ABC, 8-8:30 P.M.
The French worship Jerry Lewis, so it only makes sense they’d love Urkel, too (Matters is quite popular in France, where it’s called Une Vie de Famille). And they’ll get a close-up look at Jaleel White’s geek when he invents a device that transports the cast to Paris for an hour-long season premiere. The show translates all over the world, however, as star Reginald VelJohnson found out: ”This guy from Togo, Africa, ran down the streets of Paris to grab my coattails. He said I was like a king in his country.”
CBS, 8-8:30 P.M.
In its new Friday slot, Harry Anderson’s sitcom plans to battle ABC’s TGIF with a shot of kid power. ”We’re hooking up Dave’s 11-year-old son, Tommy [Zane Carney], with his first girlfriend,” says executive producer Tim O’Donnell. The role will be played by Michelle Trachtenberg, the star of Harriet the Spy, whom O’Donnell calls ”the hottest 11-year-old actress in the country, if that doesn’t sound too sick.”
FOX, 8-9 P.M.
”We’re going to be more of a fun action-adventure fantasy with Spielberg overtones,” says executive producer Alan Barnette. ”The last couple seasons, some of the shows had a darker tone.” In one ”fun” new episode, Jerry O’Connell and his dimension-hopping comrades land in a world of tornadoes. Any resemblances to Twister are strictly intentional.
Boy Meets World
ABC, 9:30-10 P.M.
”The kids grew up over the summer — they’re 16 and they look it,” reports executive producer Michael Jacobs. ”The stories are less youth oriented through biological necessity.” Does this mean Cory (Ben Savage) will be losing his virginity? ”We’ll definitely deal with that,” says Jacobs. ”But I don’t want to do it in a standard sitcom way.” Boy Meets World standard? Never.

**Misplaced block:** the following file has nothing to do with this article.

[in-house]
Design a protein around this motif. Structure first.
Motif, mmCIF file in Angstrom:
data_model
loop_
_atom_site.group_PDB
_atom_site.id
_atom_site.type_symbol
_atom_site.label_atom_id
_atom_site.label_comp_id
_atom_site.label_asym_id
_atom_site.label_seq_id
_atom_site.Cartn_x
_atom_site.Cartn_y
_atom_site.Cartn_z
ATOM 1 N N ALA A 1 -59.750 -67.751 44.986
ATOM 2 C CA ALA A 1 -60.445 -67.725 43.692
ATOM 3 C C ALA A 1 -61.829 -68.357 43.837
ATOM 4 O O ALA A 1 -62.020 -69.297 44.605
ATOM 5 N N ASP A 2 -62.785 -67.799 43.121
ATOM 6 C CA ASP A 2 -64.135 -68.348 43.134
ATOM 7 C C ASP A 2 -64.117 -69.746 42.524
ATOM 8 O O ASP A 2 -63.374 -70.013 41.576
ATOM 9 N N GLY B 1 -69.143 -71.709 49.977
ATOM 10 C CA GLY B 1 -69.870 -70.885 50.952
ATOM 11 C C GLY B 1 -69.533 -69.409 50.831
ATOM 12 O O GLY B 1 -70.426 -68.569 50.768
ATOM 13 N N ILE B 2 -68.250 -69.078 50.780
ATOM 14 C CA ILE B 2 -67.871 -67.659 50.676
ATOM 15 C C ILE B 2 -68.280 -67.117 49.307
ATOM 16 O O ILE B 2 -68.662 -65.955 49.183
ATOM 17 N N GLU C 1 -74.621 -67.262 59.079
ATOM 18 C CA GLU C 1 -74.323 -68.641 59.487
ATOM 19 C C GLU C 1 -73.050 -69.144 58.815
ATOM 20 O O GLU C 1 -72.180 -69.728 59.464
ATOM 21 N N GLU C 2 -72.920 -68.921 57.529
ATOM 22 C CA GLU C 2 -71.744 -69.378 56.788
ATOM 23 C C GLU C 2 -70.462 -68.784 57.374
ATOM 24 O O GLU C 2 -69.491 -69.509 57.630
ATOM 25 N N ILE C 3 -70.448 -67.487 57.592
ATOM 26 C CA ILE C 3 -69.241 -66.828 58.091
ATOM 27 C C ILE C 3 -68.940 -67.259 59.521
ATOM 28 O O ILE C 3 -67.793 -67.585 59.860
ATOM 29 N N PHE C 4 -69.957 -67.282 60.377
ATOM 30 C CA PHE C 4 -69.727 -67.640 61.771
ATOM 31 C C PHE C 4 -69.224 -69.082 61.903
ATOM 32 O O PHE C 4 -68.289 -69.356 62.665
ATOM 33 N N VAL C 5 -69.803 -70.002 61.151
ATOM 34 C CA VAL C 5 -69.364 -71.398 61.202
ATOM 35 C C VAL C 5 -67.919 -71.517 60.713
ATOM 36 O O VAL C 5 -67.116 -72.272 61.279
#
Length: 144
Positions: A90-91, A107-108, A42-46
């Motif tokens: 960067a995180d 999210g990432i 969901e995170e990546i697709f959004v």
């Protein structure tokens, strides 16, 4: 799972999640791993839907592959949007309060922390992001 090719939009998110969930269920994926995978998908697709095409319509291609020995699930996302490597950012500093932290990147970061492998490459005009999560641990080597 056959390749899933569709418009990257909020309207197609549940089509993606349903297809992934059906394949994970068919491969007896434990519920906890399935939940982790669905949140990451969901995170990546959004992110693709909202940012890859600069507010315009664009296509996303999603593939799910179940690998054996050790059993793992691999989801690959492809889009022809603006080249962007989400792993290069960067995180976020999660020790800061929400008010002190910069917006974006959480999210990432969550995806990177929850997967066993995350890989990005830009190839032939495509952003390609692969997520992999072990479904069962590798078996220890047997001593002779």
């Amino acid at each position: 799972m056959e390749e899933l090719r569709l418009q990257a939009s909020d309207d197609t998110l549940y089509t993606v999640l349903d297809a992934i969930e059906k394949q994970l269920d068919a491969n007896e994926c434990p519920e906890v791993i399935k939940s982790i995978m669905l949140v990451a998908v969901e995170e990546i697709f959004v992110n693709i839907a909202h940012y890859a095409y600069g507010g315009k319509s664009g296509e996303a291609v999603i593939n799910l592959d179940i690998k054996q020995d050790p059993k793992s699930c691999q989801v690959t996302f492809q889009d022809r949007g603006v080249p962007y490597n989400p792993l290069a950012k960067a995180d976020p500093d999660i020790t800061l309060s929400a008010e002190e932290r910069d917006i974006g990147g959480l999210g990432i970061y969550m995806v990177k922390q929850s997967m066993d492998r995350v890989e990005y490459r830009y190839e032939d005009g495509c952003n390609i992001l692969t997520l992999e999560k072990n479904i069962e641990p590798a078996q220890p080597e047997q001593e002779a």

CBS, 10-11 P.M.
To differentiate itself from its Friday cop-show competitor, Homicide, ”the emphasis this year is really going to be on comedy,” says executive producer Carlton Cuse. Cranking up the laugh quotient, Cheech Marin joins the cast full-time as Don Johnson’s compadre, and Major League‘s James Gammon shows up as Nash’s crusty father, who moves in with him. Of course, Homicide isn’t Nash‘s only rival. ”20/20 is formidable,” says Cuse. ”And if Hugh Downs has any more operations, we’ll be in trouble.”
Homicide: Life on the Street
NBC, 10-11 P.M.
The series starts its fifth season four months after it left off; Pembleton (Andre Braugher) is still recovering from his stroke and fears the ”Box,” the interrogation room where he was stricken. Kellerman (Reed Diamond) comes under investigation by federal prosecutors on suspicion of bribery, and Brodie (Max Perlich) will provide some comic relief when he is forced to crash at the pads of various detectives, including Bayliss (Kyle Secor) and Munch (Richard Belzer). How will the show explain the temporary absence of Russert (Isabella Hofmann, who’s on maternity leave)? ”We’ve established that Tim Russert from Meet the Press is her cousin,” says executive producer Tom Fontana, ”so he introduced her to a French diplomat and she flew off to Paris.” Now, that’s a network crossover.